Turkey begins transformation into presidential system ahead of Erdogan's inauguration

Turkey begins transformation into presidential system ahead of Erdogan's inauguration
The wording in some 5,000 laws were changed Wednesday before President Erodgan takes office under a new system with substantially expanded powers.
2 min read
04 July, 2018
Erdogan addresses supporters at AK party election rally [Getty]

Turkey issued a decree on Wednesday to adjust its current laws to a new presidential system that comes into effect over the weekend, paving the way for an executive presidency that critics warn will lead to one-man rule.

The decree changes the wording in some 5,000 laws, removing references to the prime minister — whose office has been abolished — and transferring some powers to the president.

President Recep Tayyip Erdogan won the presidential election on 24 June with 52.6 percent of the vote, according to results which have yet to be confirmed by Turkey's electoral council.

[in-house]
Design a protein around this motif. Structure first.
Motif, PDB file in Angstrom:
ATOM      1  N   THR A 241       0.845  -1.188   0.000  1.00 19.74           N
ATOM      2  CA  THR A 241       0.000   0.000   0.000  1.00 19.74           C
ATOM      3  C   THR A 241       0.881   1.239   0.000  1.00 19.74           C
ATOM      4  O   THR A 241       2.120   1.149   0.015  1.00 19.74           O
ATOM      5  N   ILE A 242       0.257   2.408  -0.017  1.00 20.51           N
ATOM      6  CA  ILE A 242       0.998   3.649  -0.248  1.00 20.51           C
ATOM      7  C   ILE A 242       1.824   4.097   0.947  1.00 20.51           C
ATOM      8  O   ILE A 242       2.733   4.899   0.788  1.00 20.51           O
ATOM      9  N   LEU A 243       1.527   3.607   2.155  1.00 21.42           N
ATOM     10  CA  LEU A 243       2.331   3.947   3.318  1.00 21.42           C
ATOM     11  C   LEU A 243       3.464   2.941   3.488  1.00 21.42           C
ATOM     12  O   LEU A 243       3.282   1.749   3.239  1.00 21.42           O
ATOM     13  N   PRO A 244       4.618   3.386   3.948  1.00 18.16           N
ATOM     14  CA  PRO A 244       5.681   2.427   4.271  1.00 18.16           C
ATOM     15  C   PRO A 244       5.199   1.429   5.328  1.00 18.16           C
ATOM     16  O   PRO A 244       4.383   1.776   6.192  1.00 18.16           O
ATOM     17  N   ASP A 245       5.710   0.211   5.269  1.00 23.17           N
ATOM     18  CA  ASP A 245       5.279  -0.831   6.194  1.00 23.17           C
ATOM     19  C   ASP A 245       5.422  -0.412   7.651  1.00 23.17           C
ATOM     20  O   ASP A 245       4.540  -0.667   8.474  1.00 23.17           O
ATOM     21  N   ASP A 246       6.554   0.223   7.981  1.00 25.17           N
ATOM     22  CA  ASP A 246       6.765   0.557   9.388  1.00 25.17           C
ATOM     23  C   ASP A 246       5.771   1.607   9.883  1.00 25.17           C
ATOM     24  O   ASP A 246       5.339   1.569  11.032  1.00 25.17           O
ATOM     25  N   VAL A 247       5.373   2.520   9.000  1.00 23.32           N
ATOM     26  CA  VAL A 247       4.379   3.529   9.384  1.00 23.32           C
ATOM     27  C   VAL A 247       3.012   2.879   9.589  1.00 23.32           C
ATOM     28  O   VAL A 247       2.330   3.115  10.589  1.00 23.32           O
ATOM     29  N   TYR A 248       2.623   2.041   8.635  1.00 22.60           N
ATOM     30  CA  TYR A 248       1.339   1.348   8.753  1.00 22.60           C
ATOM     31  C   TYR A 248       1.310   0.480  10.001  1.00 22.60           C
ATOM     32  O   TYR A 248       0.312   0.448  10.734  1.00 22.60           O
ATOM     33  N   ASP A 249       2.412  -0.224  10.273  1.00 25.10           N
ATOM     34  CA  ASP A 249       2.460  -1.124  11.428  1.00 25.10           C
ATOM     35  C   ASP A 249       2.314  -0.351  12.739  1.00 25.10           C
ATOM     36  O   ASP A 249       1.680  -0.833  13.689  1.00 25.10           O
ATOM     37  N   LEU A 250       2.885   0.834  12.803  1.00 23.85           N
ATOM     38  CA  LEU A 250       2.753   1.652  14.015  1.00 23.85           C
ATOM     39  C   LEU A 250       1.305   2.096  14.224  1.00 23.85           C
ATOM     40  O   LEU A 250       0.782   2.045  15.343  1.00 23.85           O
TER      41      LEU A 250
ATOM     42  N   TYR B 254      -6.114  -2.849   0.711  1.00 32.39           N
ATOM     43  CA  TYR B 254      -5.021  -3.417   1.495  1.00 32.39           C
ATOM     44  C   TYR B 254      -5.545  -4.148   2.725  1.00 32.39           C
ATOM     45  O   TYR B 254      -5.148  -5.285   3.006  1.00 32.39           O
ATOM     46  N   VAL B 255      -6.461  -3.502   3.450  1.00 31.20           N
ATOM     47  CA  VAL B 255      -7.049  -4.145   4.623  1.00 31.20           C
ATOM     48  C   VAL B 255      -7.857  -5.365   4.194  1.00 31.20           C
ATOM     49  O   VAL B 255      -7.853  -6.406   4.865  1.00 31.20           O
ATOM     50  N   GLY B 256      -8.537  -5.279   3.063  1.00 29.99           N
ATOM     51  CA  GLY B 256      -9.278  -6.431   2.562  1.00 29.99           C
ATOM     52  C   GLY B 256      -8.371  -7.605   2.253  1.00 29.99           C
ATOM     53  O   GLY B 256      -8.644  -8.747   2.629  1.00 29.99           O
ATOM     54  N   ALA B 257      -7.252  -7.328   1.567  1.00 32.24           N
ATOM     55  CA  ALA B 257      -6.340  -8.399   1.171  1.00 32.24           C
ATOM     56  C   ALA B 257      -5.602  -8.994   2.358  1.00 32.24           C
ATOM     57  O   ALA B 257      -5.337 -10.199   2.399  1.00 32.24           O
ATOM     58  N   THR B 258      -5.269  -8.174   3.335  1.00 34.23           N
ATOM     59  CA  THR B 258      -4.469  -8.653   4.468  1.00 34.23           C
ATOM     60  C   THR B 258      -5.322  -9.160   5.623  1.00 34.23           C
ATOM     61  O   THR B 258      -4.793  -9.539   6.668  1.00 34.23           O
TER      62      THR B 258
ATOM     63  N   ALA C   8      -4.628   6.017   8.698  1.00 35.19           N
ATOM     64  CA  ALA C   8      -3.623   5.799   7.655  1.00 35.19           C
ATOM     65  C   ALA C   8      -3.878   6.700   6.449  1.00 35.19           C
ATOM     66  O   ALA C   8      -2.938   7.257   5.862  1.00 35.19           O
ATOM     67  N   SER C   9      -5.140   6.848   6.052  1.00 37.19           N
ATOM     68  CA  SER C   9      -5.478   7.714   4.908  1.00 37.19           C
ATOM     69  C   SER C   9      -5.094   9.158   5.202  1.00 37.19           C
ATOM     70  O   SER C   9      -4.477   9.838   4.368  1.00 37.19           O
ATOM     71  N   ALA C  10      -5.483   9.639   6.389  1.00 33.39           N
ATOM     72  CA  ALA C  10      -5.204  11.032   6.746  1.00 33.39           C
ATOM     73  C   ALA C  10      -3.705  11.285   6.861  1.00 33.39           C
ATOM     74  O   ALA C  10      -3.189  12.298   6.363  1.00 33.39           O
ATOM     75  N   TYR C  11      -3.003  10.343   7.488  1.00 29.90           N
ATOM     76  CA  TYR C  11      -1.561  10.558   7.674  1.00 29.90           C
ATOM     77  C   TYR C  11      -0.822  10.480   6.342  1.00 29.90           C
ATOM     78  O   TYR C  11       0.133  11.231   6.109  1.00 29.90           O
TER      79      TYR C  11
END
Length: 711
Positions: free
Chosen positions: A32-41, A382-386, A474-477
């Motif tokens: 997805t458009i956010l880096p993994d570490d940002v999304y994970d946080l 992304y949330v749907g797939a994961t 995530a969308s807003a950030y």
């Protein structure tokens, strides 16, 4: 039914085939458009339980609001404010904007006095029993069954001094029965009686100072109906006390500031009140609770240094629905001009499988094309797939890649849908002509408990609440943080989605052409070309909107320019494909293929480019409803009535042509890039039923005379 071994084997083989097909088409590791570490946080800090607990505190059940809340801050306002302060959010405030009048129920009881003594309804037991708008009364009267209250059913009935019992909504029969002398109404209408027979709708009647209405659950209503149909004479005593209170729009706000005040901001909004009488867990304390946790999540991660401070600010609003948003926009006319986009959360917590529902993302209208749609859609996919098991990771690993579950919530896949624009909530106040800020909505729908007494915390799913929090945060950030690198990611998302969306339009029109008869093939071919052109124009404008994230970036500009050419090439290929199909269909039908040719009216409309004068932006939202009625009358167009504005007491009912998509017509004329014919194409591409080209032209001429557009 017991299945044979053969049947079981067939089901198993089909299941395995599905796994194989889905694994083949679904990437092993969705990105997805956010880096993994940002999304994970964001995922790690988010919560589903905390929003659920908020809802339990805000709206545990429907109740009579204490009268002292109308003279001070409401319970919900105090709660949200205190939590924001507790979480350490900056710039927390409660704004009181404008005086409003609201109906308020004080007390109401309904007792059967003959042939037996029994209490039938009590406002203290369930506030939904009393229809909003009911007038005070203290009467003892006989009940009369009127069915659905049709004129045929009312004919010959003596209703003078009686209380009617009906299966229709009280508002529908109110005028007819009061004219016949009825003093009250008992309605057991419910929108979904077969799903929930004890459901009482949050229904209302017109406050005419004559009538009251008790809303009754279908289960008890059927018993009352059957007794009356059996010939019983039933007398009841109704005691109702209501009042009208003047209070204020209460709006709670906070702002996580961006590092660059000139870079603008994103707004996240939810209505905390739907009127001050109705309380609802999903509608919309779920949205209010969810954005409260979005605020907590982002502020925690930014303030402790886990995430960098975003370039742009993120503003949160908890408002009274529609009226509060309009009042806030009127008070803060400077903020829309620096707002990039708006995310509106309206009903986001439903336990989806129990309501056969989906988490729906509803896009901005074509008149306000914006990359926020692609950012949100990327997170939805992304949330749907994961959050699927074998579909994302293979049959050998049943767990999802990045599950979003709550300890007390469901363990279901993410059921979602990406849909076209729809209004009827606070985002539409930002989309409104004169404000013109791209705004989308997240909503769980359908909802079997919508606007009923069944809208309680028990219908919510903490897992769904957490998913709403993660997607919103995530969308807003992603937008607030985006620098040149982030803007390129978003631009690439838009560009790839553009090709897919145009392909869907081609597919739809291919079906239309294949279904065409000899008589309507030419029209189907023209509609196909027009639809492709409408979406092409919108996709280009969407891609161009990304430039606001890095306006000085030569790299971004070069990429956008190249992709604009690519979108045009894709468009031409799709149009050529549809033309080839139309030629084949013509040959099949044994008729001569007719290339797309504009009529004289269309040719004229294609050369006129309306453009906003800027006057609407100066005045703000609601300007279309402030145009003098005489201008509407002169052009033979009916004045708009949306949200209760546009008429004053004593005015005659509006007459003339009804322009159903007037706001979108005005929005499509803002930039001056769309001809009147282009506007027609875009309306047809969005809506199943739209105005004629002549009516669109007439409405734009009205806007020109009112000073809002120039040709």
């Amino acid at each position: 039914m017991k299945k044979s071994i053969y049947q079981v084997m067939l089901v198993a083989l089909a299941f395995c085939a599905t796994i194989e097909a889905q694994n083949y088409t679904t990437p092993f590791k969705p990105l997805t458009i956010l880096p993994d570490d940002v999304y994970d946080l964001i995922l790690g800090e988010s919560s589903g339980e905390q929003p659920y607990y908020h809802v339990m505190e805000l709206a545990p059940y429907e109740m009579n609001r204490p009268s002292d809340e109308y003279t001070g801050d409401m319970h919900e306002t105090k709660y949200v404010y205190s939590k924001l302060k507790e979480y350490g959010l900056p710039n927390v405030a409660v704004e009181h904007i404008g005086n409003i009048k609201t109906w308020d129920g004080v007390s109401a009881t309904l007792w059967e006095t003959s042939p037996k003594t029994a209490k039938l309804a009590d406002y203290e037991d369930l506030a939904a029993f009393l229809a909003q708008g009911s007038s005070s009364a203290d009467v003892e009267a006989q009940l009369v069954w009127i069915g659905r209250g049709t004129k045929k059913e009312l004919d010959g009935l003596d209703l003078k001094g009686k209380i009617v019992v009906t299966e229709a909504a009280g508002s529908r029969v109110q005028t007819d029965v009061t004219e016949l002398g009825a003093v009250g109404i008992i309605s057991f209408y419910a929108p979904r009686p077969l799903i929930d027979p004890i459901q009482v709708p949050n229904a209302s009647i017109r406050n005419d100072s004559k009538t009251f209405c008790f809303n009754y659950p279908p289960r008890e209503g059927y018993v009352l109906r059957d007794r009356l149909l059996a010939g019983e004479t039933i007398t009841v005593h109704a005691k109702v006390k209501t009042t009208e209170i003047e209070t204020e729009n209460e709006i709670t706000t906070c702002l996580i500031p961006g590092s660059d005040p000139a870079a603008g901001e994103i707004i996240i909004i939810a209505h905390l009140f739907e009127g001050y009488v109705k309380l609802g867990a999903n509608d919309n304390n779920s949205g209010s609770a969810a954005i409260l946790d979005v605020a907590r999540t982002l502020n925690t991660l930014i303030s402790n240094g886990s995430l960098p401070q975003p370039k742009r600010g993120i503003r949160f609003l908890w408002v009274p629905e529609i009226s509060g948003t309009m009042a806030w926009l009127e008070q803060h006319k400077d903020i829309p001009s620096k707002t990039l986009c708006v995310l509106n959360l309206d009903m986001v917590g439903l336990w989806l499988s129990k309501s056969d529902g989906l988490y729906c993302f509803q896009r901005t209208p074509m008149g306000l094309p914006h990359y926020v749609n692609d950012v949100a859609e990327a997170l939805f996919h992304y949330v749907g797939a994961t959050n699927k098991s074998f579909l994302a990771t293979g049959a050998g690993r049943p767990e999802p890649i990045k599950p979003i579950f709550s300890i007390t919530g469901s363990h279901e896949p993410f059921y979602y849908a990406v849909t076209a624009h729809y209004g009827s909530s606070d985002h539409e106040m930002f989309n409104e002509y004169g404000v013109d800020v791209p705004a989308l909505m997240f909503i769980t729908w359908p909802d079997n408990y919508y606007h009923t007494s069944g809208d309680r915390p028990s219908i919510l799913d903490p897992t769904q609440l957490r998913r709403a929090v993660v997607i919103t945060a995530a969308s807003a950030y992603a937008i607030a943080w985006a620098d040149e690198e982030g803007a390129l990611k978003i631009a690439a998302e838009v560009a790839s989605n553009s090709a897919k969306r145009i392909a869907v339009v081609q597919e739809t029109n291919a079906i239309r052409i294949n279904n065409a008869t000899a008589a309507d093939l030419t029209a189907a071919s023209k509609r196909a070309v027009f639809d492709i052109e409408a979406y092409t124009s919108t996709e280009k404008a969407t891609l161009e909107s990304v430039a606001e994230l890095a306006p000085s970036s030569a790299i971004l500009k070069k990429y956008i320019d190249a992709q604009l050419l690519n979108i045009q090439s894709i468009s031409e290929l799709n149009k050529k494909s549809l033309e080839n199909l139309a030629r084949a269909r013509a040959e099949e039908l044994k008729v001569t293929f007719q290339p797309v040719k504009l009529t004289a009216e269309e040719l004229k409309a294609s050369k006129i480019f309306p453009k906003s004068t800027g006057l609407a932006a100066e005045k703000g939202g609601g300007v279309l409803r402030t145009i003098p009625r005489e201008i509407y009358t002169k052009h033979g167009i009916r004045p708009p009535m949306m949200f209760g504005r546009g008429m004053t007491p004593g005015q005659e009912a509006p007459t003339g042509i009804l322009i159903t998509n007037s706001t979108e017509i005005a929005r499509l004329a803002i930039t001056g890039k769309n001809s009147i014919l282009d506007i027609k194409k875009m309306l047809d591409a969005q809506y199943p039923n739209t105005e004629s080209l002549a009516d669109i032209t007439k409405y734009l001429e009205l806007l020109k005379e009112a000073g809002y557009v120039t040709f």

Erdogan will now rule with substantially expanded powers in line with constitutional changes that were narrowly approved in a contentious referendum last year. He will now be able to form and regulate ministries and remove civil servants, all without parliamentary approval. 

The government has already been bypassing parliament since July 2016, after Erdogan imposed emergecy rule following a failed coup attempt.

Since the failed coup, Turkish authorities have arrested at least 55,000 people as part of a wide crackdown on dissent. Erdogan blames the US-based cleric Fethullah Gulen for the coup attemp, a charge Gulen denies. 

The changes in the latest decree will take effect on 8 or 9 July, after Erdogan is sworn in. He has vowed to lift emergency rule after the 24 June election. 

Agencies contributed to this report. 

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